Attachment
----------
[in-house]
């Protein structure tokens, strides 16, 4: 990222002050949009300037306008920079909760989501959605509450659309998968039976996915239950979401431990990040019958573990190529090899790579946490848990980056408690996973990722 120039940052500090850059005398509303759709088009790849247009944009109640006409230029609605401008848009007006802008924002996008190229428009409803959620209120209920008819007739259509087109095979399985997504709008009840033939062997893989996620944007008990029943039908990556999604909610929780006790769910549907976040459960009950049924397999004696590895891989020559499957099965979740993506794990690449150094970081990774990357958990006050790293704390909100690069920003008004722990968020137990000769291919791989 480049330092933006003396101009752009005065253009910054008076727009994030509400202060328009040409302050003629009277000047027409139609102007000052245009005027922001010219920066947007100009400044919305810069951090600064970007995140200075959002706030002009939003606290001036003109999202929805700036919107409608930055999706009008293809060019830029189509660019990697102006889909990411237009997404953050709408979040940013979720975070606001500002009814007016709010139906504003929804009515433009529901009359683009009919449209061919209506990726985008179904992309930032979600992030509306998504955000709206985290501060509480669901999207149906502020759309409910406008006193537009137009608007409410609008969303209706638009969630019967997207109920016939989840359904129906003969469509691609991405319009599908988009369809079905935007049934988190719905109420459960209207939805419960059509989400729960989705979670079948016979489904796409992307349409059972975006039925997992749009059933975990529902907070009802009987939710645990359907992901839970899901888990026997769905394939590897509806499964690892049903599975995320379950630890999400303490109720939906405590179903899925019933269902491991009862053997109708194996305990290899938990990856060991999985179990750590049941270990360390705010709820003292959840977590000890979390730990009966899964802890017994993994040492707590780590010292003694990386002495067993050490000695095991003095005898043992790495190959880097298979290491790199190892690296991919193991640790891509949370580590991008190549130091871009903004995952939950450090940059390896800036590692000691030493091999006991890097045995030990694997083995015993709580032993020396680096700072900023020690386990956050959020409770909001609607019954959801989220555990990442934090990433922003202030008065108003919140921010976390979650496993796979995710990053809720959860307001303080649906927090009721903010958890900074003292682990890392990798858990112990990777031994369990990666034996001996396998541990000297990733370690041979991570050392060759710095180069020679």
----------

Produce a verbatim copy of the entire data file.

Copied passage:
[in-house]
């Protein structure tokens, strides 16, 4: 990222002050949009300037306008920079909760989501959605509450659309998968039976996915239950979401431990990040019958573990190529090899790579946490848990980056408690996973990722 120039940052500090850059005398509303759709088009790849247009944009109640006409230029609605401008848009007006802008924002996008190229428009409803959620209120209920008819007739259509087109095979399985997504709008009840033939062997893989996620944007008990029943039908990556999604909610929780006790769910549907976040459960009950049924397999004696590895891989020559499957099965979740993506794990690449150094970081990774990357958990006050790293704390909100690069920003008004722990968020137990000769291919791989 480049330092933006003396101009752009005065253009910054008076727009994030509400202060328009040409302050003629009277000047027409139609102007000052245009005027922001010219920066947007100009400044919305810069951090600064970007995140200075959002706030002009939003606290001036003109999202929805700036919107409608930055999706009008293809060019830029189509660019990697102006889909990411237009997404953050709408979040940013979720975070606001500002009814007016709010139906504003929804009515433009529901009359683009009919449209061919209506990726985008179904992309930032979600992030509306998504955000709206985290501060509480669901999207149906502020759309409910406008006193537009137009608007409410609008969303209706638009969630019967997207109920016939989840359904129906003969469509691609991405319009599908988009369809079905935007049934988190719905109420459960209207939805419960059509989400729960989705979670079948016979489904796409992307349409059972975006039925997992749009059933975990529902907070009802009987939710645990359907992901839970899901888990026997769905394939590897509806499964690892049903599975995320379950630890999400303490109720939906405590179903899925019933269902491991009862053997109708194996305990290899938990990856060991999985179990750590049941270990360390705010709820003292959840977590000890979390730990009966899964802890017994993994040492707590780590010292003694990386002495067993050490000695095991003095005898043992790495190959880097298979290491790199190892690296991919193991640790891509949370580590991008190549130091871009903004995952939950450090940059390896800036590692000691030493091999006991890097045995030990694997083995015993709580032993020396680096700072900023020690386990956050959020409770909001609607019954959801989220555990990442934090990433922003202030008065108003919140921010976390979650496993796979995710990053809720959860307001303080649906927090009721903010958890900074003292682990890392990798858990112990990777031994369990990666034996001996396998541990000297990733370690041979991570050392060759710095180069020679």